School Choice needed in Kentucky more than ever

October 21, 2022

By: Gary W. Houchens

This column appeared in Kentucky Today on October 18, 2022. To read online, click here.

Two major educational events took place over the past week. First, last week the Kentucky Supreme Court heard oral arguments in the lawsuit seeking to block educational choice in Kentucky. And this week the Kentucky Department of Education released standardized test scores for Kentucky public schools from spring 2022. As expected, they reflect a staggering decline in core subjects like reading and math.

Both news events illustrate the urgency for expanding education options in Kentucky.

The issue before the Kentucky Supreme Court is whether the Education Opportunity Account Act (“EOA Act”) is permissible under the state constitution. The EOA Act encourages private donations to nonprofit scholarship programs to help families with educational expenses, ranging from textbooks, technology, and tutoring to private school tuition. Donors who give to the program receive a state tax credit in return for their contribution.

Opponents claim this is the same as spending public dollars on nonpublic schools. But tax credit funded educational choice programs have been on the books for decades in other states. From the U.S. Supreme Court down to every state supreme court that has heard a similar challenge, no lawsuit seeking to strike down a tax credit funded educational choice program has ever succeeded.

As Justice Anthony Kennedy put it in ACSTO v. Winn, “[p]rivate bank accounts cannot be equated with the … state treasury.” The reason is obvious. Such a position would turn modern tax law on its head.

A decision blocking educational choice would not hold long term. The vast majority of parents want more options and most states have listened. Over 30 states have educational choice programs, including every state bordering Kentucky. But the delay caused by a negative decision would be costly.

Parents wanting to use the EOA Act have already lost two academic years to this litigation and the needs of children cannot be put on hold. Every year delayed will mean thousands of students lose the opportunity to reach their full potential.  

Which brings us back to the test scores released this week.

Kentucky has faced an education opportunity gap for years. Wealthy parents can choose the school, public or private, that works best for their students. They can also afford supplemental services when their children struggle. Average families often have to take whatever their assigned public schools provide.

This gap in resources was ever more apparent during the COVID-19 pandemic. When many public schools closed for in-person learning, thousands of parents who could afford tuition or the cost of homeschooling made the switch. Over the past two years, over 20,000 additional students used a private option, which were far more likely to stay open or reopen more quickly during the pandemic. The state’s public schools have lost more than 16,000 students during the same two-year period.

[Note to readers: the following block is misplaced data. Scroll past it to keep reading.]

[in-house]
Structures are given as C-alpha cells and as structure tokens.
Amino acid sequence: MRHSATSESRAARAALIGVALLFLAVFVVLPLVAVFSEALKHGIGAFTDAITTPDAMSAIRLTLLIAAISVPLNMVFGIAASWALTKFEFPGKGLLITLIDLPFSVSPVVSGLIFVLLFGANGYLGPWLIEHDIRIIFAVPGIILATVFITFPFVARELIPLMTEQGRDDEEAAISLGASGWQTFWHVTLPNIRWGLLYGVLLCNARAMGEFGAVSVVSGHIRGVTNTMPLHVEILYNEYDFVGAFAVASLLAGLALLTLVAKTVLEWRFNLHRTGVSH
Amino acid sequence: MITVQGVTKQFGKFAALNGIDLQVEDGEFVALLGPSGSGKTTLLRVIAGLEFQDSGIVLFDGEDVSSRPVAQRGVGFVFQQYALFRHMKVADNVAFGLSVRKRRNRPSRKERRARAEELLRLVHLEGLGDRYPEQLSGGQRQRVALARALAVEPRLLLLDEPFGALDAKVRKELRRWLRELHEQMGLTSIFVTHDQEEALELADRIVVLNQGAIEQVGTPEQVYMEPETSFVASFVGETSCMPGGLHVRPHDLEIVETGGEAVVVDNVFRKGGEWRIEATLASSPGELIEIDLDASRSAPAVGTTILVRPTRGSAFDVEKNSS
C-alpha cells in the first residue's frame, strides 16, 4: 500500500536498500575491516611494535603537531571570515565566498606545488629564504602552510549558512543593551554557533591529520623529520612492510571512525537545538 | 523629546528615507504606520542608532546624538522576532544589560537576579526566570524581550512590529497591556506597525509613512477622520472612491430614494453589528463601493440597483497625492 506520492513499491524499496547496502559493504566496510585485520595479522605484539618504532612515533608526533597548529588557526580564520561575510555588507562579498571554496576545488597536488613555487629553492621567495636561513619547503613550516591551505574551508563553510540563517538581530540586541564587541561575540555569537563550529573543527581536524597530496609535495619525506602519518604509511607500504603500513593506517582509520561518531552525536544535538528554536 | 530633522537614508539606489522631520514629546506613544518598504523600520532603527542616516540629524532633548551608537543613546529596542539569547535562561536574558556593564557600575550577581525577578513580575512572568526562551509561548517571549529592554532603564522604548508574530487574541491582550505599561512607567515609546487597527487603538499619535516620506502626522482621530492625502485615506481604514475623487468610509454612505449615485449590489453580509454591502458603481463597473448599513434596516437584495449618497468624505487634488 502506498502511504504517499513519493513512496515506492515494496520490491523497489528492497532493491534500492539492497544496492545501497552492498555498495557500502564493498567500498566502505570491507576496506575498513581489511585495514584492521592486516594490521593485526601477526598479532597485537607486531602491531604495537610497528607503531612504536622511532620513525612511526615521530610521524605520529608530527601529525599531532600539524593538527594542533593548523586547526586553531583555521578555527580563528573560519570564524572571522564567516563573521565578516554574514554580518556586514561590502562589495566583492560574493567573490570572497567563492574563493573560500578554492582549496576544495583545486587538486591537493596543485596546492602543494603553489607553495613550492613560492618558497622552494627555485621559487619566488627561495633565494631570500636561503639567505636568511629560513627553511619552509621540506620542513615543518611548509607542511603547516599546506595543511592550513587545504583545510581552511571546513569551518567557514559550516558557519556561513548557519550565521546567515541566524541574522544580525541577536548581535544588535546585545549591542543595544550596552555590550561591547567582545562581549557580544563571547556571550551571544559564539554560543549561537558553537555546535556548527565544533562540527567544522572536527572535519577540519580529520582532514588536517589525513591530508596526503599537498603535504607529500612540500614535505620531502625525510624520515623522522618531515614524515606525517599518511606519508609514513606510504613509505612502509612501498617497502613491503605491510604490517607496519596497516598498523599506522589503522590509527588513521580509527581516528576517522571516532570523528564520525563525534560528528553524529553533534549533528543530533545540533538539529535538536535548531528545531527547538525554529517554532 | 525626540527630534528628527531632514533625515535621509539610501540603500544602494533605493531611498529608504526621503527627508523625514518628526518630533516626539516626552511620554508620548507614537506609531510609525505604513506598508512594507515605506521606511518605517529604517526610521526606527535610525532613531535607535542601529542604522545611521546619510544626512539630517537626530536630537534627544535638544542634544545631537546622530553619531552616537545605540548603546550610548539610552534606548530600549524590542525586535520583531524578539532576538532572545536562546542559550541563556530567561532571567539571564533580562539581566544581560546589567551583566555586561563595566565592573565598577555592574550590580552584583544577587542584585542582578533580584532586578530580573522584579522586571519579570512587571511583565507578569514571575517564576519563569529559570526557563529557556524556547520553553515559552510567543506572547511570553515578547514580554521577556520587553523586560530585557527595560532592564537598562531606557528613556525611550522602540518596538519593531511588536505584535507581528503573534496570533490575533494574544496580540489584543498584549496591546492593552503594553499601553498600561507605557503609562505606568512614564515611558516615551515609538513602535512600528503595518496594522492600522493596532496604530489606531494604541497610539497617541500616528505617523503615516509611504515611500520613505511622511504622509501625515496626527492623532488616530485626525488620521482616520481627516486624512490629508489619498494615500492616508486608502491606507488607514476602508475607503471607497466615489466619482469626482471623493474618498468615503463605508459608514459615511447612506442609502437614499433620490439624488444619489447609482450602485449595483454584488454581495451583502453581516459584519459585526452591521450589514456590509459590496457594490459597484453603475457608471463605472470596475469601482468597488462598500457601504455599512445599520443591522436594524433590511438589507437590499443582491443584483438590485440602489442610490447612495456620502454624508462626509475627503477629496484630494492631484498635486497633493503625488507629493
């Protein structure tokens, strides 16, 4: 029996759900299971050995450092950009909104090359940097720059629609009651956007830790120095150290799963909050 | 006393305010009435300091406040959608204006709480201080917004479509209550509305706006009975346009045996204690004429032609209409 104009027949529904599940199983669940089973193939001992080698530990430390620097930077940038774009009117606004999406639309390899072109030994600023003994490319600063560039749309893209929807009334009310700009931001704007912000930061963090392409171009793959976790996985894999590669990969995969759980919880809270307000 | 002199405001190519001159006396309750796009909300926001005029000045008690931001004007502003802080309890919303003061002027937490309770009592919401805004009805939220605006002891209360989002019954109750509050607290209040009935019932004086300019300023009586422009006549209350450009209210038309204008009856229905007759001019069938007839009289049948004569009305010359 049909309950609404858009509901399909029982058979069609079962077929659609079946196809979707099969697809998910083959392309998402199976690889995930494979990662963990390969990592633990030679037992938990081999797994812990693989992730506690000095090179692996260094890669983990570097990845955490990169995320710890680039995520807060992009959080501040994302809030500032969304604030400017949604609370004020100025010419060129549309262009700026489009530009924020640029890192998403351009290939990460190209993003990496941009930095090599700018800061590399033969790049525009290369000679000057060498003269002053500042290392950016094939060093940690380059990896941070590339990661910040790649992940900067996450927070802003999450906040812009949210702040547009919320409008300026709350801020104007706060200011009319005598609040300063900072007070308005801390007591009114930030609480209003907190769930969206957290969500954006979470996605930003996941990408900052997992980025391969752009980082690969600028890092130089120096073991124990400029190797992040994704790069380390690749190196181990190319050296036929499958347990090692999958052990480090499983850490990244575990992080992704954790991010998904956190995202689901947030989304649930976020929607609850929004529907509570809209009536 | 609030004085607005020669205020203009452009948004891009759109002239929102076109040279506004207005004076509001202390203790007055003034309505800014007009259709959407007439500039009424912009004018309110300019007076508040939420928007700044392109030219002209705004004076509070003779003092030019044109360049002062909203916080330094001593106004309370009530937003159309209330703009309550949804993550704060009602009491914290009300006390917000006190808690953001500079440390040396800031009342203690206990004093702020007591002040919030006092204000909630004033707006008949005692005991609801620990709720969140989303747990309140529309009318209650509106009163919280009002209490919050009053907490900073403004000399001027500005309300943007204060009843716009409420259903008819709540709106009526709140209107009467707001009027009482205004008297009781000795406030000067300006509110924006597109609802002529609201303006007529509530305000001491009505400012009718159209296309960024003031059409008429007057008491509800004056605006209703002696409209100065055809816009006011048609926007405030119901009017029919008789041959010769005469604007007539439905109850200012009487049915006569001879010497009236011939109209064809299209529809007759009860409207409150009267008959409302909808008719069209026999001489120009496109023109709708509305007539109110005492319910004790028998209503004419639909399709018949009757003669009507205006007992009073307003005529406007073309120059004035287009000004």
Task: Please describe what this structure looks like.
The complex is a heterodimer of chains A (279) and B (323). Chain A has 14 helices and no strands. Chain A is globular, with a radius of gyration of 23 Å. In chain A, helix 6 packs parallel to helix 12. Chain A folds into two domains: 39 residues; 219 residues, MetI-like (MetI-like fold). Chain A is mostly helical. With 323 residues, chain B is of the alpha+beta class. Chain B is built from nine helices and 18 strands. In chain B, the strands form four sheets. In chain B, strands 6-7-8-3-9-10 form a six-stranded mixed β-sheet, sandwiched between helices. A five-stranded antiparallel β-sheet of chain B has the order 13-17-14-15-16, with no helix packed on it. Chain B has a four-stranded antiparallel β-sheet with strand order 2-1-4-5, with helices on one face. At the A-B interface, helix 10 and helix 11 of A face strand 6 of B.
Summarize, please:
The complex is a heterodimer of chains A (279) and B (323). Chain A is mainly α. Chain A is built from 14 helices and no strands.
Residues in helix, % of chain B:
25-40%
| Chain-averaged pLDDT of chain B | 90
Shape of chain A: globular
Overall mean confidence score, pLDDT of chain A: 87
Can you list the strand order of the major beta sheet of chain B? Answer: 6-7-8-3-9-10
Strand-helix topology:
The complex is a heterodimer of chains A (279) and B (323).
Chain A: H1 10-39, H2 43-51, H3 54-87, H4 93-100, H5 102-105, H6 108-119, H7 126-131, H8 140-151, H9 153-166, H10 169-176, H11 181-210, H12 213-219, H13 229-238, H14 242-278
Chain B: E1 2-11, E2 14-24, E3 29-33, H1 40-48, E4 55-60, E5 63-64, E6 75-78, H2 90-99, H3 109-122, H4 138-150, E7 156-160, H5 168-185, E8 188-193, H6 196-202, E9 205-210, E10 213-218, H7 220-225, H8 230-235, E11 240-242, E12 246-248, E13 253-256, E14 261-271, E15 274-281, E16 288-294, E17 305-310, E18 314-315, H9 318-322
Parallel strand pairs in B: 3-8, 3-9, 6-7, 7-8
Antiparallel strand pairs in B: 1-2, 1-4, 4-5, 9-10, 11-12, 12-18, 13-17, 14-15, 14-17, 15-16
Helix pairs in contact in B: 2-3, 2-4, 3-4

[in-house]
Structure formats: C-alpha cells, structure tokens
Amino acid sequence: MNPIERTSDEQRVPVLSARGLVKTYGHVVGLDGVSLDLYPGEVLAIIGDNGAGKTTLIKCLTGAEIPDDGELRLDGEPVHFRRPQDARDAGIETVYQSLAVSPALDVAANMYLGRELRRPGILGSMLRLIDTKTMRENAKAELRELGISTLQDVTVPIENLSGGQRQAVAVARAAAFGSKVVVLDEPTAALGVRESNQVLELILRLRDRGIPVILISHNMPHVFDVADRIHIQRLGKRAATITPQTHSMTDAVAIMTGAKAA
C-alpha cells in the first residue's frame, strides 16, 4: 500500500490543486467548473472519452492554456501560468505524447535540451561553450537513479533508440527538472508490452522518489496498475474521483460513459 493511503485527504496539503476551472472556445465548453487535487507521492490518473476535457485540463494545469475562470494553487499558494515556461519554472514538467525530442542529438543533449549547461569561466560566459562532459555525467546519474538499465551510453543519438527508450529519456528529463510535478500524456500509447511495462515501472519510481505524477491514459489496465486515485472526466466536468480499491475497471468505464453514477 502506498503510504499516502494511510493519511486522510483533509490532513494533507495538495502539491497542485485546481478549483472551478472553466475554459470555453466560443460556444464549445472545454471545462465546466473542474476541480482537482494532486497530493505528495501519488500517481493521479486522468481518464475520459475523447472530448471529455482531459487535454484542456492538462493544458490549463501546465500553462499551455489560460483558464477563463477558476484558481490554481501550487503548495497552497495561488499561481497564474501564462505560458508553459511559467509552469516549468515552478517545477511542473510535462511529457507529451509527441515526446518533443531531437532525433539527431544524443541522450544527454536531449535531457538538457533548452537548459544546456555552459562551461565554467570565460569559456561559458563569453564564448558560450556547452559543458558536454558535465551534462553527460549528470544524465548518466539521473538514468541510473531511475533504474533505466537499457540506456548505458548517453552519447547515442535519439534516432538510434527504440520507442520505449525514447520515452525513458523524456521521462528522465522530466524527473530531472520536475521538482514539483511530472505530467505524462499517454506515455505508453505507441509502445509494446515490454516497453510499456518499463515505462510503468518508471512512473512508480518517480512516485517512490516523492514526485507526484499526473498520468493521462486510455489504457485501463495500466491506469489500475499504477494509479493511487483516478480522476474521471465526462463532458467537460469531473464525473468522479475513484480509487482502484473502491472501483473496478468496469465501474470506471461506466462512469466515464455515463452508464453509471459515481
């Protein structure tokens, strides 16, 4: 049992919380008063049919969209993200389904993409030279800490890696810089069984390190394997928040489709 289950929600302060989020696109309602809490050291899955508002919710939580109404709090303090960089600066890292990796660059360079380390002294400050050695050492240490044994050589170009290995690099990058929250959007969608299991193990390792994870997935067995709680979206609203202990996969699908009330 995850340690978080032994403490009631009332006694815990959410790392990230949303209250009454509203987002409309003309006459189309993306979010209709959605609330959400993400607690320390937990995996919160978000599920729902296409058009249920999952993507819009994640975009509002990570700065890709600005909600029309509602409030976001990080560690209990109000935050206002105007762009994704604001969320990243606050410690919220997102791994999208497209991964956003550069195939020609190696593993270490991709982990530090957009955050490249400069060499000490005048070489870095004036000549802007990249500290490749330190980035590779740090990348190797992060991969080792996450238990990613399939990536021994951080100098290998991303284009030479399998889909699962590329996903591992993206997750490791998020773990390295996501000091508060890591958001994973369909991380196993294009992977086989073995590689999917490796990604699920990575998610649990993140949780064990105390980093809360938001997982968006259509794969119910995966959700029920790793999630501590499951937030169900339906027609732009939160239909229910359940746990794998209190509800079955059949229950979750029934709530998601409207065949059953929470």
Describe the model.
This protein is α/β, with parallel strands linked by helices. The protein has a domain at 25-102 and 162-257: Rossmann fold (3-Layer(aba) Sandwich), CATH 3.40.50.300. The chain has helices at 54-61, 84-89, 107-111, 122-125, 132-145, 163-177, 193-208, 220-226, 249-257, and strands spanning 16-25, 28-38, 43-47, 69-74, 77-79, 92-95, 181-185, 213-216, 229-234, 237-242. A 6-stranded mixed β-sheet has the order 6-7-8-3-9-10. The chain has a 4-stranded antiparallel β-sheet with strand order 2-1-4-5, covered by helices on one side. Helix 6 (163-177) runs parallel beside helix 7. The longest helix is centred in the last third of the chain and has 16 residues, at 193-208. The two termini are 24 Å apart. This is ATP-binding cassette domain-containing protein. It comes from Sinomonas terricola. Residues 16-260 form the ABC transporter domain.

Recently released data from the National Assessment of Educational Progress (NAEP) show that nearly two decades of academic growth were wiped out by the pandemic. Nationwide, this year’s ACT scores dropped to the lowest point in 30 years, and Kentucky’s students lost more ground than the national average. State-level testing data released this week shows a similar decline. Less than half of Kentucky’s elementary students were proficient in reading and barely a third were proficient in math.

Opponents often callously remark that parents can have a choice now by paying out of pocket. Of course, that ignores the reality that the financial challenges faced by lower and middle income families are getting greater by the day. While Kentucky’s nonpublic schools provide millions of dollars in aid to help families with costs, the amount of need far outstrips what can be raised in charitable donations under the current system.

The stated goal of the 2021 EOA Act was to “give more flexibility and choices in education to Kentucky residents and to address disparities in educational options available to students.” The latest test results demonstrate that this type of program is needed now more than ever before.

Let’s be clear; the challenges faced by Kentucky students are enormous and we will need an “all of the above” approach. Parents need innovative public school solutions as well as the flexibility created by educational choice programs.

One size fits all education solutions have never worked for families, and a novel reading of the Kentucky Constitution that effectively bars educational choice programs will have a devastating real-world impact on families in the near term. Let’s hope for the sake of students, the Kentucky Supreme Court adopts a ruling that allows more investment in students and gives parents the tools that they need to move past the educational disruptions of the past two years.

Gary W. Houchens, PhD, is professor of education administration at Western Kentucky University. He served on the Kentucky Board of Education from 2016-2019.